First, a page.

Lab-grown diamonds will eventually dominate the fashion markets across the world, predicts Rohan Siroya, CEO of Evermore

Rohan Siroya, the scion of the Siroya jewellery empire, has a clear ambition to catapult the company into the next phase of development and continued success. Having honed his skills as a real estate developer in Mumbai, Rohan has demonstrated his versatility...


De Beers to start production at SA's Venetia underground project this year, establishes JV with Endiama in Angola

De Beers is expected to begin production at its Venetia underground project in South Africa this year, almost two years behind the initial commence date. Construction of the underground project started in 2013 and first production was targeted or 2021...

30 january 2023

“Although we’re the 7th world gold producers, we have to buy the metal in USA”

With more than 45 years in the industry, Clemente Guevara runs New Fashion Peru, one of the three largest jewelry companies in the country. All together control the 90% of a 120-million-dollar jewelry export market. Mr. Guevara is also a member of...

23 january 2023

Consumers are testing a vastly less-expensive alternative to natural diamonds - Vin Lee, CEO of Grand Metropolitan

Vin Lee, the self-made billionaire CEO of Grand Metropolitan of USA, is popular as the 'King of Luxury'. The Beverly Hills family office 'Grand Metropolitan' is a $7 billion AUM privately held luxury goods holding company with a 60-brand...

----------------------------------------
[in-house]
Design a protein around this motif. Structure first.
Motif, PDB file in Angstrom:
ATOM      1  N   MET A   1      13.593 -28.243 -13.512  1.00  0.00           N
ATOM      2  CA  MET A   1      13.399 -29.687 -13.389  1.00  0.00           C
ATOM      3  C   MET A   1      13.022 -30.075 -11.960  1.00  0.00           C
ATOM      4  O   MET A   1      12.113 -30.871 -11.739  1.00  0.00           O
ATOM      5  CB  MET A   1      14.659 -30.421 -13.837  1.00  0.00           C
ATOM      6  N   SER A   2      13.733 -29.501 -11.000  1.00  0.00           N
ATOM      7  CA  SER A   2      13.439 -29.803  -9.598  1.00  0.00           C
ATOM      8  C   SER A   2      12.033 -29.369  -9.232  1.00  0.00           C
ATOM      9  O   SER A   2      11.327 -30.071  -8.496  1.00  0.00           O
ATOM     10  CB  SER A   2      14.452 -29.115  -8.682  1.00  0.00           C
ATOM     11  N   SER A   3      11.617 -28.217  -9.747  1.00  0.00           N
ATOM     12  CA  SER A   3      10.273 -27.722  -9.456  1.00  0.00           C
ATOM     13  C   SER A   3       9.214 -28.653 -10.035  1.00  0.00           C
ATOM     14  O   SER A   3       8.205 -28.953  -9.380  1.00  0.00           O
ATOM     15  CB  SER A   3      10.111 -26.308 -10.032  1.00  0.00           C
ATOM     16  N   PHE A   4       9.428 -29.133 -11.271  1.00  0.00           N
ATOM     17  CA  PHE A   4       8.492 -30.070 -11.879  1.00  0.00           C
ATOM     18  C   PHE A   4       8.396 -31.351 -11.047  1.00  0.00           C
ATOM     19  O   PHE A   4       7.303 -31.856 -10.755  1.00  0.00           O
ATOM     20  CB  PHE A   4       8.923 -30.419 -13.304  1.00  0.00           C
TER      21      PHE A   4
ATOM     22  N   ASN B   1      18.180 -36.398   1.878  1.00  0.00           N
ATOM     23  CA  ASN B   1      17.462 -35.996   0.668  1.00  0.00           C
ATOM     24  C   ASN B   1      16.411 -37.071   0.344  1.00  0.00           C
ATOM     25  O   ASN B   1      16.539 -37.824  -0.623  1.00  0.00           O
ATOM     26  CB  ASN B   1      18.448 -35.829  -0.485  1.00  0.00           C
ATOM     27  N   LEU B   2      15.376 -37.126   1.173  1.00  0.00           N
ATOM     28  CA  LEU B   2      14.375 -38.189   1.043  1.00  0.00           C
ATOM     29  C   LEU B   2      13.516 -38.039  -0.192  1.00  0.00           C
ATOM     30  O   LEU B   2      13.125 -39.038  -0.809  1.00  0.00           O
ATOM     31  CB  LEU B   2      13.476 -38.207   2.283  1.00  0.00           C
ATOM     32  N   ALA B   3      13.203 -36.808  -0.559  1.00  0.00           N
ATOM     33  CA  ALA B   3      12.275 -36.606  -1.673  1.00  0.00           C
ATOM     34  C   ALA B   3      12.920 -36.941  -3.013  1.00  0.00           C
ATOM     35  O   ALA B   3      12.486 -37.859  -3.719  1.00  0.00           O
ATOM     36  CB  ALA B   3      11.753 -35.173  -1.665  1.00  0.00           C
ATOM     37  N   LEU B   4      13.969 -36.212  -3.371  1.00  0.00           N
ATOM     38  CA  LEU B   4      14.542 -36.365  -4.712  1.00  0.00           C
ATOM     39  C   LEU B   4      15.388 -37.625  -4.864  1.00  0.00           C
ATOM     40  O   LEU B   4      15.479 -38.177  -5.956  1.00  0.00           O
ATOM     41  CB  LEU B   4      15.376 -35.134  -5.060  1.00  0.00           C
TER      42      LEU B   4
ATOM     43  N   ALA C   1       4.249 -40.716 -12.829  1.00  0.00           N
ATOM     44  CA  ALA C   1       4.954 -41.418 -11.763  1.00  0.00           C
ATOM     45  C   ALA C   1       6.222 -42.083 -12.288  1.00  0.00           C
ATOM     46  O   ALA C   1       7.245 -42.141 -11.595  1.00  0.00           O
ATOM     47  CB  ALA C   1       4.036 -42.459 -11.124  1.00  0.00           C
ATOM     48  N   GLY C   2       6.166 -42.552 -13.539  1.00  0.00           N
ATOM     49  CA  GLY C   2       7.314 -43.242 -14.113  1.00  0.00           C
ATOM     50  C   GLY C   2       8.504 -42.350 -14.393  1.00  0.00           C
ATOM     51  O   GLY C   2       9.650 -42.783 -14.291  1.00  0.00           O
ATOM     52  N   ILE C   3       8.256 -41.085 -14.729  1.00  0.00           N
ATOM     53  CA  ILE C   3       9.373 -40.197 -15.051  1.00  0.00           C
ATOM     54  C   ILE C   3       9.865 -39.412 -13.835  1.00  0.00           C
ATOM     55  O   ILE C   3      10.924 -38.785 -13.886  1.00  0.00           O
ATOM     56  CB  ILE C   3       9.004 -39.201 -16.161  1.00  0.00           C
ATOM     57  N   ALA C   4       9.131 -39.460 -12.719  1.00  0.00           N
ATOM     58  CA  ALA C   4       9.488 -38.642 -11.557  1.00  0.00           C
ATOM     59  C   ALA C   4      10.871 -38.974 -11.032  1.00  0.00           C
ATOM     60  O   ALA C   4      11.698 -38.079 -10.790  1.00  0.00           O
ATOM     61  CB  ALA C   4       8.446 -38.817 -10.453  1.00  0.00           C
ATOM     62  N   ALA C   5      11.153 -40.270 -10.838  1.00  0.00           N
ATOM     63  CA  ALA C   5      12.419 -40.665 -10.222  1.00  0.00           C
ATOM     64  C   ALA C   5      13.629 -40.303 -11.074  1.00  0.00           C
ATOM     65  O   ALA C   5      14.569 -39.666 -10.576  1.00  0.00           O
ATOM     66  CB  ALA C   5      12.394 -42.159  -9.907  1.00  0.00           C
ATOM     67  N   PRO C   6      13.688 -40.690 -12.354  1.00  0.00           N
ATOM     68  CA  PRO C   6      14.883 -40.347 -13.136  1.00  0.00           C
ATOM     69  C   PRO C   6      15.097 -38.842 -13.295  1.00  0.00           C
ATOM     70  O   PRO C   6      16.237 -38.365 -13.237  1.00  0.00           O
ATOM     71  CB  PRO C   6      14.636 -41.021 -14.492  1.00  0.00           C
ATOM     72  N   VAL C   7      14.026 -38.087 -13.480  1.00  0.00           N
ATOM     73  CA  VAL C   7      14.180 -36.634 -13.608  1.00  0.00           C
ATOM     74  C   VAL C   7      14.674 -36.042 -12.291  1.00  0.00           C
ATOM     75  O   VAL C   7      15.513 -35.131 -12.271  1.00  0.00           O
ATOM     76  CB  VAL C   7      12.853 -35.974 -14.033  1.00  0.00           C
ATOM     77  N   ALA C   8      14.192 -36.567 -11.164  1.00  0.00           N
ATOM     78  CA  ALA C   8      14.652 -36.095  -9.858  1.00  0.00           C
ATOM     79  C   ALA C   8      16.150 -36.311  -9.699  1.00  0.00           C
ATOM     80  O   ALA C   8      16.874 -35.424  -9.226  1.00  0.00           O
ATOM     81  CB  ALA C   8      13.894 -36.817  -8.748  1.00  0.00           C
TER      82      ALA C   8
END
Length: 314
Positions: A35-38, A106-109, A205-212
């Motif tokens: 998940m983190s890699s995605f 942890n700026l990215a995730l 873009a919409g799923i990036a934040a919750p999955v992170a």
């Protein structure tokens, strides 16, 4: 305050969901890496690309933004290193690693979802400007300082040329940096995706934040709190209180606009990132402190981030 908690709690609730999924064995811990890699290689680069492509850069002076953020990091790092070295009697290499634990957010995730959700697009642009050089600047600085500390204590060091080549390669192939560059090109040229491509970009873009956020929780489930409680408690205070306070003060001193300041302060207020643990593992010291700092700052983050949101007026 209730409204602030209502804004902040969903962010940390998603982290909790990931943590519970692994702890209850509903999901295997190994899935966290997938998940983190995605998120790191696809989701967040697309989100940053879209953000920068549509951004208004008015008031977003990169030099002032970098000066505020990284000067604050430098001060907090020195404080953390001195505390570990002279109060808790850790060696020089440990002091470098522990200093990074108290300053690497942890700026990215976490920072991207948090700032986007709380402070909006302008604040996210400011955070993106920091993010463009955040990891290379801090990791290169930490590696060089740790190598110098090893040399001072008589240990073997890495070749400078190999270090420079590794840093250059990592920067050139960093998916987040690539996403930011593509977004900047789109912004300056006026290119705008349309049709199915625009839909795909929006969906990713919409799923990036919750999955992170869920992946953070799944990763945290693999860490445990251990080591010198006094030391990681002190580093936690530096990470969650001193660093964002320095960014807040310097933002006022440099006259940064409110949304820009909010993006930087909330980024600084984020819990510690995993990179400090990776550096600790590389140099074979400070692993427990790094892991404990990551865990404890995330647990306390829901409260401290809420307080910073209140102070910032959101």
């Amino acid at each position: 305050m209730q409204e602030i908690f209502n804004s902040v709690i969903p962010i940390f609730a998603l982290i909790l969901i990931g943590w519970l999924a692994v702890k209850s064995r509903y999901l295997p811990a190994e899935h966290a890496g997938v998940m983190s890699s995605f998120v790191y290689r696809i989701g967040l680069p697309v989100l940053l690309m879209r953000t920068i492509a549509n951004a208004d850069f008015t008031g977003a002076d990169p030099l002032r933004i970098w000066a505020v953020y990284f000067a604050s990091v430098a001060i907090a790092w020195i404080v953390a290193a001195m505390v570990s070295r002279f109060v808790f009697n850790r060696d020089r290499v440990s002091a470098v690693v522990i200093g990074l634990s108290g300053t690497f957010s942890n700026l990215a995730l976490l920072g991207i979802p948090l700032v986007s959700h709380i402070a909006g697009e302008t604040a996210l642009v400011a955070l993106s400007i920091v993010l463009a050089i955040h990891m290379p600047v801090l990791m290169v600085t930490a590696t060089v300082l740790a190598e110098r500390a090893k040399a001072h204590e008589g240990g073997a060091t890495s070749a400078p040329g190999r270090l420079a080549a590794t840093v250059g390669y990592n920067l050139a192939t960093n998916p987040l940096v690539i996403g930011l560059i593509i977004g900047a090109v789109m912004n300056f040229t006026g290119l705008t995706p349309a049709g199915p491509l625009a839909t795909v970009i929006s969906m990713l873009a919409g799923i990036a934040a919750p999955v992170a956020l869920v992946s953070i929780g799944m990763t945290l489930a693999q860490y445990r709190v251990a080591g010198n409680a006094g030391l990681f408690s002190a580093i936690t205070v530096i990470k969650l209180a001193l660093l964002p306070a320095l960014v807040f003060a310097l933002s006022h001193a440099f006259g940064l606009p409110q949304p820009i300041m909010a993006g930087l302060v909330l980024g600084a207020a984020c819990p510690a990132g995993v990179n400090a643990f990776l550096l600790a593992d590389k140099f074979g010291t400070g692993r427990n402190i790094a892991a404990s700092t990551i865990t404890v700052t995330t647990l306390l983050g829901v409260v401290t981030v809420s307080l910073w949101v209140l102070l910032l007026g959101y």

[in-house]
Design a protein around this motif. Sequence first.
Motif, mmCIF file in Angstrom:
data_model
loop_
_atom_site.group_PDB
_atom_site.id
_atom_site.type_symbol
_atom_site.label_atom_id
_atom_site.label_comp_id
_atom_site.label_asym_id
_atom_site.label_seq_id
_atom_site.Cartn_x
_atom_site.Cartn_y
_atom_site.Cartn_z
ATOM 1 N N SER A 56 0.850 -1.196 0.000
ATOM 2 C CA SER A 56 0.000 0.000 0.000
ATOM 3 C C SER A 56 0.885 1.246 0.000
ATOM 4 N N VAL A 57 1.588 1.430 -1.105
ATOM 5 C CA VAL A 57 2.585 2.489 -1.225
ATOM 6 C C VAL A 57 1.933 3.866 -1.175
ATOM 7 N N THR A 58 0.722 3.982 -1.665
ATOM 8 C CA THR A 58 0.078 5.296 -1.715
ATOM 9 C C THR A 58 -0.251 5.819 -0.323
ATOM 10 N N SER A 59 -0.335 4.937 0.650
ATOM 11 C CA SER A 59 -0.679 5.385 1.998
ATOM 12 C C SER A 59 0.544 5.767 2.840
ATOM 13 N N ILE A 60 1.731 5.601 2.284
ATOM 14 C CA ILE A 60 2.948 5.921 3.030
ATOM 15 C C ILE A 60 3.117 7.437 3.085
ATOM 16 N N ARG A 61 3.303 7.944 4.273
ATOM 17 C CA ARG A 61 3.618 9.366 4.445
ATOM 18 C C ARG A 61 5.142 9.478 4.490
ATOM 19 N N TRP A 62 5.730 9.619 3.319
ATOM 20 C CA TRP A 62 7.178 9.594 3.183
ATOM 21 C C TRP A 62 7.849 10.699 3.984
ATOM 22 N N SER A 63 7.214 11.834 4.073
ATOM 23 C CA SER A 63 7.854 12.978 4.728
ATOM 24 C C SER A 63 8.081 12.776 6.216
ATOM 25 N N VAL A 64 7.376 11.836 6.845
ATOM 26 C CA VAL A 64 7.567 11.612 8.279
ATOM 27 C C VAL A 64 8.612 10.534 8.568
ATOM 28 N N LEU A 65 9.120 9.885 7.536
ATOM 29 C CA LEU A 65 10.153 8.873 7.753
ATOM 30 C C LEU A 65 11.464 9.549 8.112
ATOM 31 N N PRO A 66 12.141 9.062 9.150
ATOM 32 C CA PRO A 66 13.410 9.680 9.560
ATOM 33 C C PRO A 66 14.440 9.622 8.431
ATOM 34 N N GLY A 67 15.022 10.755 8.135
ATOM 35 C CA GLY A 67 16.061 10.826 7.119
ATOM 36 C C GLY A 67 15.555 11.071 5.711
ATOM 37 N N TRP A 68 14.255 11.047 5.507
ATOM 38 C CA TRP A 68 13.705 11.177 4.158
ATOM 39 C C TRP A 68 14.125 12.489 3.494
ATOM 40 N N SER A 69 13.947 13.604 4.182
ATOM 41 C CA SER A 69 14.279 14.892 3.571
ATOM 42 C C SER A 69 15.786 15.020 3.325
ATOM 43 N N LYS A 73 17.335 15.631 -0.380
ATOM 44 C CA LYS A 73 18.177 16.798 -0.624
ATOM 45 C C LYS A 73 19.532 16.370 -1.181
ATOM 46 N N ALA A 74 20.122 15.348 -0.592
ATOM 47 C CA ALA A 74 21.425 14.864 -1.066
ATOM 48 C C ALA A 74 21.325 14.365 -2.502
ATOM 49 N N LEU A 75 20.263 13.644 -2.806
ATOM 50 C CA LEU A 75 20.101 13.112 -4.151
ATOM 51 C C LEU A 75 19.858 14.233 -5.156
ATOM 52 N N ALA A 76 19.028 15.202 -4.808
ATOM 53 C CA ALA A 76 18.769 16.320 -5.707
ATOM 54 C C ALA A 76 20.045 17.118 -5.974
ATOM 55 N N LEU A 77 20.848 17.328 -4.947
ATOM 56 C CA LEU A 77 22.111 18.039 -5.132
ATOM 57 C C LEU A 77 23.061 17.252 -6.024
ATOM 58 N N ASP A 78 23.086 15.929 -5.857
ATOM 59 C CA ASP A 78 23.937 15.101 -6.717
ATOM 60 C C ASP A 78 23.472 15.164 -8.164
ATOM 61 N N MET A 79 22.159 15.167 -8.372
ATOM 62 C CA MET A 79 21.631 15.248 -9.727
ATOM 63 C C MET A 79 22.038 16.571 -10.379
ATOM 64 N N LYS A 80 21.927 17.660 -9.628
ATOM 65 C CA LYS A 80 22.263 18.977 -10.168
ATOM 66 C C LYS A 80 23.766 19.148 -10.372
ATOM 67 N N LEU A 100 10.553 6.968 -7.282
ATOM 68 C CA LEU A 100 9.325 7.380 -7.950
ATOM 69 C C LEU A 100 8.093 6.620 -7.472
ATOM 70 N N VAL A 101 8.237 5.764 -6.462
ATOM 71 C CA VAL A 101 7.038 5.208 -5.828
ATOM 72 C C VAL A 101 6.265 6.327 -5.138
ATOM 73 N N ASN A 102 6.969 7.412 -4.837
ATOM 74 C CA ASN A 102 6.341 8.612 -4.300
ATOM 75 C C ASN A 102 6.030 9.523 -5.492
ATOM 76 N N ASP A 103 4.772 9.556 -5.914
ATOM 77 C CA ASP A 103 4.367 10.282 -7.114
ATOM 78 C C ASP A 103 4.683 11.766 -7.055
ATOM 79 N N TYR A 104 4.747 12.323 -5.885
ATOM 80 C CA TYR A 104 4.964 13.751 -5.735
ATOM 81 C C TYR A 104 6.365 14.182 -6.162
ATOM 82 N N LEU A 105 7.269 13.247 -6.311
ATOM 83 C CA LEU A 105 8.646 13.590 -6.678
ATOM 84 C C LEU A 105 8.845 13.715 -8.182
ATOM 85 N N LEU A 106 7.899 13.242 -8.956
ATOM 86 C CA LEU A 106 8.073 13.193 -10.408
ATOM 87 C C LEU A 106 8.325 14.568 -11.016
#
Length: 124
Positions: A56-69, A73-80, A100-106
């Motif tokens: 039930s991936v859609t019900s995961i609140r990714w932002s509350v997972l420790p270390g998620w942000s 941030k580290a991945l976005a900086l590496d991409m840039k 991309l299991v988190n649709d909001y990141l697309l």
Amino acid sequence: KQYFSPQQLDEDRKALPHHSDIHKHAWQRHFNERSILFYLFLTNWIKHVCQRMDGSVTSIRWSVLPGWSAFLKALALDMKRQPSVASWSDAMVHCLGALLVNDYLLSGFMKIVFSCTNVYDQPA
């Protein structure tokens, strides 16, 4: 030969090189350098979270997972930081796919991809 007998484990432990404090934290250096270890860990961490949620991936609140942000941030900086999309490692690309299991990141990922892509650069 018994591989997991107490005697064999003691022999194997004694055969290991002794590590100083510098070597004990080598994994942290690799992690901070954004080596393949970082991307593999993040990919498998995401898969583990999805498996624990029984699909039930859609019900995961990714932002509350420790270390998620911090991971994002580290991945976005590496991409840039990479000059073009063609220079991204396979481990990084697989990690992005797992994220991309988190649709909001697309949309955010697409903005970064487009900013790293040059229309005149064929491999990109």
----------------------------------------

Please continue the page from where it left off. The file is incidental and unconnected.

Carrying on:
16 january 2023

"Surat Diamond Bourse will become the voice of industry in the coming days," says Vallabhbhai Patel, Chairman of the Surat Diamond Bourse

Vallabhbhai Patel, Chairman of the Surat Diamond Bourse, looks towards the Surat Diamond Bourse (SDB) to play an important role in turning Surat into the world’s largest manufacturing and trading diamond hub in a short period. Vallabhbhai dreamed...

09 january 2023

What will happen to NDC after the departure of ALROSA?

16 january 2023

On January 1, 2023, Stephen Lussier, former Vice President of De Beers, one of the oldest and most respected members of the diamond corporation, stepped down as Chairman of the Board of Directors of the Natural Diamond Council (NDC). He was replaced by David Prager, member of the De Beers Executive Committee currently responsible for the marketing of De Beers Group and its brands. One may recall that NDC emerged in mid-2020 as a result of the rebranding to the Diamond Producers Association (DPA) established in 2015 with the aim of recreating the generic marketing of diamonds, which ceased simultaneously when De Beers shifted away from monopoly regulation of the diamond market.